I read a great quote on the weekend attributed to Princess Elizabeth Charlotte of France in the 18th century. She was asked when sexual desire ended and she responded “How would I know, I’m only 80.”
Between 1870 and 1970 our lifesplans more than doubled globally. For the thousands of years of human history prior to this massive leap forward in longevity, most humans did well to make it into their 40’s. We lived long enough to reproduce, protect our children until they could fend for themselves, and then we were gone.
Yet today in Australia we have a life expectancy of 82.5 years, and according to a recent article by Amanda Hooton, in wealthy countries like Australia “life is lengthening by more than five hours a day, every day”.
In this post we’re going to look at how the traditional picture of what retirement looks like could evolve to better suit the realities of modern day life in Australia.
Baby boomers reinvented retirement. Whereas retirement was once a phase of life where you were largely worn out – you retired because you could no longer keep up with the physical demands of the job – baby boomers carved out a new phase of life, the “active retirement phase”. Here they ceased work whilst still healthy, and enjoyed a period of a decade or more of leisure and relaxation, before the inevitabilities of old age took their toll.
But as we live longer and healthier lives, and face changes like larger mortgages due to rising property prices, kids staying at home longer which crimps parents ability to save, and increasingly expensive healthcare costs, the baby boomers version of retirement is likely to be unaffordable for most workers under 50 today.
So how might Gen X and those that follow re-imagine retirement? Well, here are my thoughts.
Is 40 hours a week still right?
The idea of a standard working week consisting of 5 days of paid work, 8 hours each day arose during the latter part of Industrial Revolution, and became broadly adopted throughout the world during the first half of the 19th century. Prior to its adoption, 6 day working weeks, of 10-14 hours per day was common, as was child labour.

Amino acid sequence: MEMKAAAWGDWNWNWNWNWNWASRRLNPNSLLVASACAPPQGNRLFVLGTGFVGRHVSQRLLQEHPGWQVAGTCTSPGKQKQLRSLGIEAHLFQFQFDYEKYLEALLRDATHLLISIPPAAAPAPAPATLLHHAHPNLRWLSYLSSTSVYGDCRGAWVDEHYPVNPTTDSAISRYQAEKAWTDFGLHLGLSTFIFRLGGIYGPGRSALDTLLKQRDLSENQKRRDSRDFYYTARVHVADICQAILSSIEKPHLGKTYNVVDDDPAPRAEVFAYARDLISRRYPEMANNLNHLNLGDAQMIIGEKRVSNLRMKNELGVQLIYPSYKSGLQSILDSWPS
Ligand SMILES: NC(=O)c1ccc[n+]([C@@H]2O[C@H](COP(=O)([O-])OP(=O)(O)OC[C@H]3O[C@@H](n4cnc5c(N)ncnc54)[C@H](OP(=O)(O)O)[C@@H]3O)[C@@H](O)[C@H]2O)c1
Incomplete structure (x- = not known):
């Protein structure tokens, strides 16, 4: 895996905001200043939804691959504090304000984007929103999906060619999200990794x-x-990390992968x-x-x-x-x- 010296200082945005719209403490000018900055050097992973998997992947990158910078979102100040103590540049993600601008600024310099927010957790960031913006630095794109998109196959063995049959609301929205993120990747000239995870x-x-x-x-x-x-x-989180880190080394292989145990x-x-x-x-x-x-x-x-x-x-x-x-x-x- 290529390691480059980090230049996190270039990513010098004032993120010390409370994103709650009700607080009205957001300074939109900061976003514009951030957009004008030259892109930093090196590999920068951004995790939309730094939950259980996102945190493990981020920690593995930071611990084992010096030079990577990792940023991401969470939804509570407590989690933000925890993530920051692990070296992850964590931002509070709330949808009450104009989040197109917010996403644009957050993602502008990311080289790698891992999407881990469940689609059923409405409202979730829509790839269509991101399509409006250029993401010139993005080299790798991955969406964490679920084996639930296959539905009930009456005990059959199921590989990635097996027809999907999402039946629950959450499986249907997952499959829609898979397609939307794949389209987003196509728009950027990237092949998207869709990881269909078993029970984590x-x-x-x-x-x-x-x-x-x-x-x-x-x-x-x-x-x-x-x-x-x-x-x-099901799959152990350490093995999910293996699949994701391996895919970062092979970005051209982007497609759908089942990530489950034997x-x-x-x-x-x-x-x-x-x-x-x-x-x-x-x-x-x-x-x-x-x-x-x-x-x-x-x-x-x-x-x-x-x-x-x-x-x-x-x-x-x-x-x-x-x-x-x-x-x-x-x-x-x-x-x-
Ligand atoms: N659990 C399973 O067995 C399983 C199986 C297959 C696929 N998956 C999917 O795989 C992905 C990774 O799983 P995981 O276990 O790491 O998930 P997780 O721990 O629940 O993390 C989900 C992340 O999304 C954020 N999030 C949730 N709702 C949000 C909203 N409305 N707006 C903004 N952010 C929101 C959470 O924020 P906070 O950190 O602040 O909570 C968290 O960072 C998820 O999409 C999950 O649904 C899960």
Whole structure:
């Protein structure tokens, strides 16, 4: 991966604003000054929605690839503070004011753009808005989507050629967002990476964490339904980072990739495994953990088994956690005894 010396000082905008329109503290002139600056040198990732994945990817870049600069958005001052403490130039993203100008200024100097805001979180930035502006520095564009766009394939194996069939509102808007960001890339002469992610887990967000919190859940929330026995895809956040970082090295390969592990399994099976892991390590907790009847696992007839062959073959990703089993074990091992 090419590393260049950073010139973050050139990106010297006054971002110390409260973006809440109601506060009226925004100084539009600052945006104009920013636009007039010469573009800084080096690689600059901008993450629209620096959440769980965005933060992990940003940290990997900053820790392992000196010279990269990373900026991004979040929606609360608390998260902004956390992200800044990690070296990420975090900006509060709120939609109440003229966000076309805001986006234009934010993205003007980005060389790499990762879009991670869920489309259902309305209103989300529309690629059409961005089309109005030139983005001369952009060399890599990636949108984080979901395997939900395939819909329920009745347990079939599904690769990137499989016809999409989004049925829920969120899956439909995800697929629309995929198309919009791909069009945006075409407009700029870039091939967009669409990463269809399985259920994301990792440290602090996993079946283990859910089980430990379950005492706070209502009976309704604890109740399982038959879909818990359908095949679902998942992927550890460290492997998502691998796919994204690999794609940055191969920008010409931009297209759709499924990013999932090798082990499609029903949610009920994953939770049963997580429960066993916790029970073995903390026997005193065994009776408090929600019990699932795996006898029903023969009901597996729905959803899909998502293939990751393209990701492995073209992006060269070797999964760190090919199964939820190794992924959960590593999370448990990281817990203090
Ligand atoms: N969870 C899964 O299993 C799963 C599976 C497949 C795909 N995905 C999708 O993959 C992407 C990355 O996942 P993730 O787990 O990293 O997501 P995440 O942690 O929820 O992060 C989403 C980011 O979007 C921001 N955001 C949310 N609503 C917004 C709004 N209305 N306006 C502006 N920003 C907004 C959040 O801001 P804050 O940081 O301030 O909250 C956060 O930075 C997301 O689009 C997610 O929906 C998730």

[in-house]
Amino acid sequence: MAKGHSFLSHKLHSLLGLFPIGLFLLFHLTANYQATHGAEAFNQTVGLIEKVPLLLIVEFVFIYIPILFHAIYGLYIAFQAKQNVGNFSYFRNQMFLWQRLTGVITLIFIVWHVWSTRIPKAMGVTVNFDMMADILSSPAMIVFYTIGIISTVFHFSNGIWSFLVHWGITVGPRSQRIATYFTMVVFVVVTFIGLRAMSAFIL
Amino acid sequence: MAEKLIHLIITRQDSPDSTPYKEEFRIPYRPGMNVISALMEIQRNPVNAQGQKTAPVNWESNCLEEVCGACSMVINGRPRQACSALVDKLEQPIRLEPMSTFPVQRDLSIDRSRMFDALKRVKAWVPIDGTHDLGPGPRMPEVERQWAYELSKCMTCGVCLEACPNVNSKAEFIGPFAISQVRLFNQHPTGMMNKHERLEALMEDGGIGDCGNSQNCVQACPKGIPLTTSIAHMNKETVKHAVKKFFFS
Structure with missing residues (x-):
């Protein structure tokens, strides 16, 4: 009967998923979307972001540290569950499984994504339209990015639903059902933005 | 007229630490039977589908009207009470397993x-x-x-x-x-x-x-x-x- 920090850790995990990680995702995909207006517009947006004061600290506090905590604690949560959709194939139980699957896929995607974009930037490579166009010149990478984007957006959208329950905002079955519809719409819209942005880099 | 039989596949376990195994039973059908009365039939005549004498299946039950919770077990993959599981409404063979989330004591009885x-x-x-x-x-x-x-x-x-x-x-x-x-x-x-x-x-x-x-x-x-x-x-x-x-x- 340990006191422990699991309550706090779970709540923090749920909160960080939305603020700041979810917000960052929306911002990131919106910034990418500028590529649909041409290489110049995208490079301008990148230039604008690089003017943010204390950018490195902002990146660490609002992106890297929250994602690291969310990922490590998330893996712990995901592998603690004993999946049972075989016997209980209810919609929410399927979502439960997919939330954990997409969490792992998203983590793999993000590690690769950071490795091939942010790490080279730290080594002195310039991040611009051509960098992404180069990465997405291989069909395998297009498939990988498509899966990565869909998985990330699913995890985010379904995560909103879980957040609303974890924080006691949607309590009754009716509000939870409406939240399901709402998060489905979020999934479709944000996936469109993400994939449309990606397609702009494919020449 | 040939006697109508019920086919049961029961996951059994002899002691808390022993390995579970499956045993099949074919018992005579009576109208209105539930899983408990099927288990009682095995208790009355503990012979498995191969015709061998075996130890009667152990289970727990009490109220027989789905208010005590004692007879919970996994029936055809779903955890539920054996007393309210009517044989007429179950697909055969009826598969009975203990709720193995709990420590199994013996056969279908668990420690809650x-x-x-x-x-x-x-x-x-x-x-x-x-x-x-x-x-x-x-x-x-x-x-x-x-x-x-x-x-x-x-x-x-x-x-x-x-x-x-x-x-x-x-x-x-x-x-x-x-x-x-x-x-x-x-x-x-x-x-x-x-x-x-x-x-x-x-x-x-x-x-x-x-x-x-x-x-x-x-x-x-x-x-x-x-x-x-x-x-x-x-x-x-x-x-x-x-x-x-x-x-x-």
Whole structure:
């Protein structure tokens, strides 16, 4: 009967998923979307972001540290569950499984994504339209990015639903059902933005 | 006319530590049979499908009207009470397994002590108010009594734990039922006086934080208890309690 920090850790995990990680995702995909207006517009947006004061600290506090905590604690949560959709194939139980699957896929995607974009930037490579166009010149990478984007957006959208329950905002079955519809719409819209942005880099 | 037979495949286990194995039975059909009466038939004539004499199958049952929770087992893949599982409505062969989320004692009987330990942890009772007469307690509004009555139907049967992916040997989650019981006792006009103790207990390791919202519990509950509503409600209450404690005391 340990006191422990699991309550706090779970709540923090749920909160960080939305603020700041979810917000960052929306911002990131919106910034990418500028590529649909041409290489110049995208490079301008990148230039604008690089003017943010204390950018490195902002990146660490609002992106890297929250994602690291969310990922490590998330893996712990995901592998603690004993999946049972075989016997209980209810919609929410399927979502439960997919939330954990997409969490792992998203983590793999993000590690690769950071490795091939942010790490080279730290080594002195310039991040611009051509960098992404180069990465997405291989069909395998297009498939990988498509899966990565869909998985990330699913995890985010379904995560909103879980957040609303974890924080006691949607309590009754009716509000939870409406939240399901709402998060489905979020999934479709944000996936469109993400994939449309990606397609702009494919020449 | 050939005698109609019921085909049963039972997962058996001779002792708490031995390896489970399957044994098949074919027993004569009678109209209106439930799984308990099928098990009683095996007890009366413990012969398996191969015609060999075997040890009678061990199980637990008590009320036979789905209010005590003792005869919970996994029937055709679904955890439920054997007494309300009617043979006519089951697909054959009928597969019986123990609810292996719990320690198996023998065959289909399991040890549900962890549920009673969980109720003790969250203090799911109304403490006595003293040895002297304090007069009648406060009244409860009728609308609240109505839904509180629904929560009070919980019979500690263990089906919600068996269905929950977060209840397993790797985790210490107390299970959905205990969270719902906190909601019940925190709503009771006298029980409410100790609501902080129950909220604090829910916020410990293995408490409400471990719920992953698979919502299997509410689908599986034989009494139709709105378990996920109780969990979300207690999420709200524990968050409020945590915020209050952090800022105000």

But as we live longer and healthier lives (no doubt in part attributable to not being sent down the mines to work 10 hours days as an eleven year old), is their scope to scale those working hours back further?
If instead of looking to leave the work-force entirely at age 60, we were prepared to work through until age 70, then that’s 10 years of retirement savings we no longer need to sock away. Plus, the savings we have accumulated have an extra 10 years to grow, quite conceivably doubling over that extra time.
So providing for retirement becomes a lot easier, and the longer we are prepared to extend our working lives, the easier it gets.
If we don’t need to save as much, then perhaps we don’t need to work as much either. Perhaps 3 days per week in paid employment, for instance, would be enough to meet our needs.
The rise of the gig economy is perhaps a partial response to this realisation. Uber reported that 51% of its drivers work 15 hours or less per week. This is a job where you can choose to work as much or as little as you wish, so it’s informative to find that given the choice, most workers choose to work far less than a traditional 40 hour week. Now of course the reasons for this will vary widely – for most they will be undertaking this gig work to supplement some other activities, for example university studies, or a second job. But it’s not hard to see how such flexible work arrangements could well suit someone in later life, whose incomes needs are reduced once the kids have finally moved out and the mortgage burden has been overcome.
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It’s common in academia to take sabbaticals of 6 months or sometimes more to get out of the normal flow of working life and broaden your knowledge and experience. Wouldn’t it be wonderful if these career breaks were available to more of us? As with the potential to work fewer hours per week, the ability to continue in paid employment for longer provides more scope to take some longer breaks. Too many people put off fully enjoying life until retirement, only to find that physical restrictions limit what is possible. So rather than wait until 65 to travel the world, why not do some travel 20 or 30 years earlier, accepting that the home loan won’t be paid off quite so quickly, but that’s okay because you’ll be earning for longer.
There appears scope to better pace our working lives. Less hare and more tortoise.
In our teenage years we’re asked to choose a career path. We study and train, and for most part stay within our career lanes from that point forward. But if our working lives extend to perhaps 50 years or more, is it reasonable to expect the choices made in our adolescence will serve us well for the entirety of that period? Add to this the speed of change we now face, and the need for career flexibility and evolution becomes clear.
Longer working lives might make it more viable to take a year or two out of the paid workforce and retrain in a completely different field. Or perhaps try your hand at starting a business. As with the opportunities for career breaks, a year or two of little or no income is perhaps not disastrous if it means you can continue to produce income for an additional 10 years later in life.
Our ability to live longer and heathier lives is one of the greatest achievements of humanity.
How we fill those lives has perhaps not yet adapted sufficiently. Re-thinking the idea of retirement is both necessary and liberating. Longer lives provide the opportunity for greater choice and variety in life. It’s time to embrace that opportunity.